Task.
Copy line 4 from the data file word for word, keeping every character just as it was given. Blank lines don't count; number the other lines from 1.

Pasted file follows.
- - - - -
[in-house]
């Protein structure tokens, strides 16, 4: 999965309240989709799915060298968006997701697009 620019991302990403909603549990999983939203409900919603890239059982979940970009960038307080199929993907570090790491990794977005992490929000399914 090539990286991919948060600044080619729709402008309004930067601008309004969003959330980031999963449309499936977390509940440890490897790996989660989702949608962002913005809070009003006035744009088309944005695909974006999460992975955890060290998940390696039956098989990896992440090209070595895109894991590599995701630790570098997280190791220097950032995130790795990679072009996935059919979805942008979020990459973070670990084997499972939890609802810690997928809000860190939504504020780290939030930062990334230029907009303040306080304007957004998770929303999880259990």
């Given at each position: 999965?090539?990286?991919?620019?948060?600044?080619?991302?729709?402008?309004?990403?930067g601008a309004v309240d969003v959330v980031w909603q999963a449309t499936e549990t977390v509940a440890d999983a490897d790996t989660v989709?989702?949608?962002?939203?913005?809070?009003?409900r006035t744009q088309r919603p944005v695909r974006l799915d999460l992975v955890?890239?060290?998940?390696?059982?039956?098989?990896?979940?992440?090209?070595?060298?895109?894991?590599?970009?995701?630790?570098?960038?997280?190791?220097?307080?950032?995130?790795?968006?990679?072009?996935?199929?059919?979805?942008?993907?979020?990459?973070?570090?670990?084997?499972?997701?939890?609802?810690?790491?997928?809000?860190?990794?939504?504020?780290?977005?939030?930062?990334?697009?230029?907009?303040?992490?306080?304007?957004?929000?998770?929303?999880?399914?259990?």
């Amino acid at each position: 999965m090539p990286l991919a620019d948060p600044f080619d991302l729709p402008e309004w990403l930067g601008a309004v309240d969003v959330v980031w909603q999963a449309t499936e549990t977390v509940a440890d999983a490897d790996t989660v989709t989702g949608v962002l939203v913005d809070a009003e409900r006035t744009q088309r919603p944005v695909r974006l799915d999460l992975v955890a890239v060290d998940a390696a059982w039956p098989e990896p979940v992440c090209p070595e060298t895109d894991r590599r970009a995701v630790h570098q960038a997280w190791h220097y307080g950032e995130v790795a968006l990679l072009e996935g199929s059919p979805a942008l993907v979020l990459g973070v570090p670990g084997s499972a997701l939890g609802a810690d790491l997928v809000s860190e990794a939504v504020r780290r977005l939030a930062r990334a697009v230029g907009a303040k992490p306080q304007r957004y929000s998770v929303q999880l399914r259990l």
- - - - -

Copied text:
């Amino acid at each position: 999965m090539p990286l991919a620019d948060p600044f080619d991302l729709p402008e309004w990403l930067g601008a309004v309240d969003v959330v980031w909603q999963a449309t499936e549990t977390v509940a440890d999983a490897d790996t989660v989709t989702g949608v962002l939203v913005d809070a009003e409900r006035t744009q088309r919603p944005v695909r974006l799915d999460l992975v955890a890239v060290d998940a390696a059982w039956p098989e990896p979940v992440c090209p070595e060298t895109d894991r590599r970009a995701v630790h570098q960038a997280w190791h220097y307080g950032e995130v790795a968006l990679l072009e996935g199929s059919p979805a942008l993907v979020l990459g973070v570090p670990g084997s499972a997701l939890g609802a810690d790491l997928v809000s860190e990794a939504v504020r780290r977005l939030a930062r990334a697009v230029g907009a303040k992490p306080q304007r957004y929000s998770v929303q999880l399914r259990l």